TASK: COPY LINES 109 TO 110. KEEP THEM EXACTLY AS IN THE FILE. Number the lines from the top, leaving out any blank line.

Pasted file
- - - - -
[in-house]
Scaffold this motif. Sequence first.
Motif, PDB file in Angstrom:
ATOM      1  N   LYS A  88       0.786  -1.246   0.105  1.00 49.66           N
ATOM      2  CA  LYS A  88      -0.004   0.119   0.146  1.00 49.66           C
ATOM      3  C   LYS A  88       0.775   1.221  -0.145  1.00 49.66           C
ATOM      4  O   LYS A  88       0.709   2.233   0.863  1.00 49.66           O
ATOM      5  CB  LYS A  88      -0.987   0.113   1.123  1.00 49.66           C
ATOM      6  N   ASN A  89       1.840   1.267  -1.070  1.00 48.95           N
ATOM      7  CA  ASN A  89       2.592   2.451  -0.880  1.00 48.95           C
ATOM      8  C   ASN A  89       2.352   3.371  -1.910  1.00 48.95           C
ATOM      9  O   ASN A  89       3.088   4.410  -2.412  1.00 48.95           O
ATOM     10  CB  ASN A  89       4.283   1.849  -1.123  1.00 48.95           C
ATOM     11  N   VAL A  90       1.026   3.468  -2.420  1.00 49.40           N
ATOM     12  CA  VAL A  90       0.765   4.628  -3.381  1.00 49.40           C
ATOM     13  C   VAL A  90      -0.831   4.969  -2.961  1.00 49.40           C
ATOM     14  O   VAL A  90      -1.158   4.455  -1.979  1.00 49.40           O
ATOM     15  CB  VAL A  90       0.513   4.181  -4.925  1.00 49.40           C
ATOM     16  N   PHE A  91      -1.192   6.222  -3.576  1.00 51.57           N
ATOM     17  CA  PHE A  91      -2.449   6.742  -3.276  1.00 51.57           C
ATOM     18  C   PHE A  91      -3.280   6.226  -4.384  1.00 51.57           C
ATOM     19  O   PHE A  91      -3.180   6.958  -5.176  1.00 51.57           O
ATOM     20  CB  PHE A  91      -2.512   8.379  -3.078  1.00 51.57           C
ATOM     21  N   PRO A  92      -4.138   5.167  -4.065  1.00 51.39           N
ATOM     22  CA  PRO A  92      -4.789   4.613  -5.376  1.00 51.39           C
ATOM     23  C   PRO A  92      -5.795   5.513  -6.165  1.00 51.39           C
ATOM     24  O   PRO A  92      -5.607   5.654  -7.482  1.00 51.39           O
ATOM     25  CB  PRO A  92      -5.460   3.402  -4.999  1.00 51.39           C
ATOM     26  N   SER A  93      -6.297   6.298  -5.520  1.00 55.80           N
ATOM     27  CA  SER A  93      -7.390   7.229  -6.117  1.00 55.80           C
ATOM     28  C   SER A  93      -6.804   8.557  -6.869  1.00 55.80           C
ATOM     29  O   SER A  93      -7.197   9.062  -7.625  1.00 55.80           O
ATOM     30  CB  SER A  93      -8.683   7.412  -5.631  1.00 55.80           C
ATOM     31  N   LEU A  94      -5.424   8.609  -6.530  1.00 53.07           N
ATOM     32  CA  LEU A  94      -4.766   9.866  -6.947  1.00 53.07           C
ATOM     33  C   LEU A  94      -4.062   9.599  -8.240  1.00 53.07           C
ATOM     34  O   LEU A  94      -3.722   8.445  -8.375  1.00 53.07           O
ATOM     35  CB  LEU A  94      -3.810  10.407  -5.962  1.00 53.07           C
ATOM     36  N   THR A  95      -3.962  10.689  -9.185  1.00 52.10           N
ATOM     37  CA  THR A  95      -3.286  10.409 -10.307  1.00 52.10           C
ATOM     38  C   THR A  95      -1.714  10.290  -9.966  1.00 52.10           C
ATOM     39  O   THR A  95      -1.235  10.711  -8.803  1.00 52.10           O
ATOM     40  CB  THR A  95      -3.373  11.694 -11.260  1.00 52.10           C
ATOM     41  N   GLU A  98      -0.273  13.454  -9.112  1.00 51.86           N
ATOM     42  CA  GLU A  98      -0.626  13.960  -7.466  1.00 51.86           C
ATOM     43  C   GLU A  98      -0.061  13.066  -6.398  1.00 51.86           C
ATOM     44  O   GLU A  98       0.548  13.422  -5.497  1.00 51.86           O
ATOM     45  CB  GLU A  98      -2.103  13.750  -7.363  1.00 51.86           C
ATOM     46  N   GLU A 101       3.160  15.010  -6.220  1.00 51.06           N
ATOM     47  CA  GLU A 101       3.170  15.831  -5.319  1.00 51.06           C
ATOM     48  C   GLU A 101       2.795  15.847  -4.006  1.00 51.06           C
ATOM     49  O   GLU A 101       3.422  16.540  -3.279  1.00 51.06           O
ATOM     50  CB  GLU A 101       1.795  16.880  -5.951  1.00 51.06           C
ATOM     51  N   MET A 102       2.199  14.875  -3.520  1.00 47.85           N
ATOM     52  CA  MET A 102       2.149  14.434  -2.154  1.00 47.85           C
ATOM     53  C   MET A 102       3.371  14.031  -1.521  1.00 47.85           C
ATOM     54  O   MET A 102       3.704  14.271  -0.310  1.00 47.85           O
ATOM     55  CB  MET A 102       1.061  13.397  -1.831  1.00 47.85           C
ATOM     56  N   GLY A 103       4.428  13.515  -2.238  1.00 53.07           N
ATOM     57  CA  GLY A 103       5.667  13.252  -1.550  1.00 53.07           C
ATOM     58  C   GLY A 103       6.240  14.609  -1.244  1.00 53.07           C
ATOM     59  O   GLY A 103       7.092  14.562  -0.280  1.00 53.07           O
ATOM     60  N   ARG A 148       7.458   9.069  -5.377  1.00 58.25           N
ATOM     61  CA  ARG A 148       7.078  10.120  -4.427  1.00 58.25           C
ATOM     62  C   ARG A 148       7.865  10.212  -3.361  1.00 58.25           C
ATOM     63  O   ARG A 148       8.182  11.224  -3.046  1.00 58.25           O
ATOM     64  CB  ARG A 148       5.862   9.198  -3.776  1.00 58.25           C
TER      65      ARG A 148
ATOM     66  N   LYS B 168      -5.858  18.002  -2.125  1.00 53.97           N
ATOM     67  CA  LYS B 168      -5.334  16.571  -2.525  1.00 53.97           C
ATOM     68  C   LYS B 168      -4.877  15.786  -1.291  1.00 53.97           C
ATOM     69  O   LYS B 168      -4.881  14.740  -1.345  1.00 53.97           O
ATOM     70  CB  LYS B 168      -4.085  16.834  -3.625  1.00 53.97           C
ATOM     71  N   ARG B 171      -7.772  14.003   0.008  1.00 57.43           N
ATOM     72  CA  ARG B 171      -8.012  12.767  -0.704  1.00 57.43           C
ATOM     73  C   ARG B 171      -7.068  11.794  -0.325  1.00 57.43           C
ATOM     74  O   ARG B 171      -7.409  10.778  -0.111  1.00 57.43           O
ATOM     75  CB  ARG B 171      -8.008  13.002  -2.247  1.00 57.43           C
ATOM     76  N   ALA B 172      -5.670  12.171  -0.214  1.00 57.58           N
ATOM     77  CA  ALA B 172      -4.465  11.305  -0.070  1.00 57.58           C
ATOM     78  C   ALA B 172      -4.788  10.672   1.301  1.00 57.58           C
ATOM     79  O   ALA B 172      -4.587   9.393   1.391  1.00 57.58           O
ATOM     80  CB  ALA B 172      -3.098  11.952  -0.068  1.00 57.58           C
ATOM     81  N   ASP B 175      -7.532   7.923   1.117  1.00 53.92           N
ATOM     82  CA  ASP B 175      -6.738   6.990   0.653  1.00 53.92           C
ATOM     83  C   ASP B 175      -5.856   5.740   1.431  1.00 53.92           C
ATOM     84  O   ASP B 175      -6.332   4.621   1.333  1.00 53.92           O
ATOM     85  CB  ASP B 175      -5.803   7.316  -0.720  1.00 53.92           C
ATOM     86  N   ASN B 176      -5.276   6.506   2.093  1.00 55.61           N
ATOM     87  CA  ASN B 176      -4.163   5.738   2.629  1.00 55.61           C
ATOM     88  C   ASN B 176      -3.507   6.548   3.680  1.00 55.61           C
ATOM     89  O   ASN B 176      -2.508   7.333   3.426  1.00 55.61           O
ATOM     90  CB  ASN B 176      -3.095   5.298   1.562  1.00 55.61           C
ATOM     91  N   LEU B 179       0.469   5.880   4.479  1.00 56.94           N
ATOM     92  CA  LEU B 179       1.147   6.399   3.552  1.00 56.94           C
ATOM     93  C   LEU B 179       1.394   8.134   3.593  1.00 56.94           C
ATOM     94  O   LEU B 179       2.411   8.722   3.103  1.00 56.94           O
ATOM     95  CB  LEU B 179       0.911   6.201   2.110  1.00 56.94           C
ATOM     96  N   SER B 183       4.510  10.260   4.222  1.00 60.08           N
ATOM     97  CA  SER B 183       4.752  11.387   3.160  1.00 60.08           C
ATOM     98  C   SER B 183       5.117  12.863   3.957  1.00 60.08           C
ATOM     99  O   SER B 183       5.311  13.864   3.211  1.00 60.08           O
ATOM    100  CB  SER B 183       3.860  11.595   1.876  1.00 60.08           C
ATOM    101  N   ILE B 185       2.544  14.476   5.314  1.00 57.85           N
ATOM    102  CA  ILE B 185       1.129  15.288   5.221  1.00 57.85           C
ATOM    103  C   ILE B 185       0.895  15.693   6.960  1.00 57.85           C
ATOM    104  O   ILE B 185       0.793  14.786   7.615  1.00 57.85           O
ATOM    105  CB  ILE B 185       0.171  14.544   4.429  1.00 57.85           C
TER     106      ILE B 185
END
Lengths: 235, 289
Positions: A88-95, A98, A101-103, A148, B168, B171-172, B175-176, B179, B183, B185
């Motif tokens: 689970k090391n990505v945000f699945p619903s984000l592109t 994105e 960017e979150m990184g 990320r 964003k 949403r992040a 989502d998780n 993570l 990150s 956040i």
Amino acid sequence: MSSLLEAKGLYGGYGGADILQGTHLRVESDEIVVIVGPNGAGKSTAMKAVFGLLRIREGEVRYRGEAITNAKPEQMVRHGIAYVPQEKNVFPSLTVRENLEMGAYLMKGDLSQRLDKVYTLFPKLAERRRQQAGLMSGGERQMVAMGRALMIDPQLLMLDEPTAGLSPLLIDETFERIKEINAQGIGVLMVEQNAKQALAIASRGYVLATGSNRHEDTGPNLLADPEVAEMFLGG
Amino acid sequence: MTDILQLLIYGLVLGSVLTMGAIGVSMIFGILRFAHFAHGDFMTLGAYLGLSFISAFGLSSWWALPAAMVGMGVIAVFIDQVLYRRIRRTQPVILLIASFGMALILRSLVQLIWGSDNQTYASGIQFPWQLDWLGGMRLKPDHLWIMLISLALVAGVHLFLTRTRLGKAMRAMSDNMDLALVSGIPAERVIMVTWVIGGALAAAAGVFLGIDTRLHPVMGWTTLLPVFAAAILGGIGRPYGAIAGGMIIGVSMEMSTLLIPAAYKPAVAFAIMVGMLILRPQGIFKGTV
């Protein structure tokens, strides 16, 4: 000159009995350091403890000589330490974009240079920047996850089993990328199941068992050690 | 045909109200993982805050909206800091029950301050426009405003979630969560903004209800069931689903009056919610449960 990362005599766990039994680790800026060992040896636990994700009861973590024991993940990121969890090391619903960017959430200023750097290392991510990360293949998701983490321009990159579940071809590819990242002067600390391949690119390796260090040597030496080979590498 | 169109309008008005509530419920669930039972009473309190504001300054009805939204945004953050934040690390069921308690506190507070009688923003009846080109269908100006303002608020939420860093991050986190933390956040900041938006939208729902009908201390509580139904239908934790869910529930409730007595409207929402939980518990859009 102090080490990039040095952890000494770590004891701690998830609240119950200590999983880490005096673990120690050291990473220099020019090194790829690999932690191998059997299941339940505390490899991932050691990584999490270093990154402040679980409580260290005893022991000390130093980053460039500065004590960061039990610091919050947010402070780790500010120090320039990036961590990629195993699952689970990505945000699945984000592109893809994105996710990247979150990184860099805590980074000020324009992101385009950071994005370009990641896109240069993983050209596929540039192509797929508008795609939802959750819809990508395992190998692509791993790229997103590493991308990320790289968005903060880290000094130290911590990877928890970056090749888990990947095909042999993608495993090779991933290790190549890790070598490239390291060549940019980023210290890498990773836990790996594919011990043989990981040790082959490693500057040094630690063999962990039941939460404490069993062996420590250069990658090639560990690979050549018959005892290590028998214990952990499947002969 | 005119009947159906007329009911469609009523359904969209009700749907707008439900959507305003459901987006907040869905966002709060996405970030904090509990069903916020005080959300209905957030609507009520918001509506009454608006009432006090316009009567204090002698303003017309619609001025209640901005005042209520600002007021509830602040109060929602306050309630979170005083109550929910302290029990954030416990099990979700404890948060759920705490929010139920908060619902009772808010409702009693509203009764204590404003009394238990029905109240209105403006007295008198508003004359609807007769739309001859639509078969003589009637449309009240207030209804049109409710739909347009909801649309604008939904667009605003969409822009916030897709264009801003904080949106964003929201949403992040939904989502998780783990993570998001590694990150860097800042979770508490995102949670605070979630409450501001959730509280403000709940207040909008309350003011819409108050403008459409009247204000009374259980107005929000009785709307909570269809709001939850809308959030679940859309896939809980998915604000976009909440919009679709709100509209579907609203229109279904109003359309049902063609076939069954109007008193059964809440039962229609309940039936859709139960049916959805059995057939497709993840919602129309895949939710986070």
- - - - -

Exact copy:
TER     106      ILE B 185
END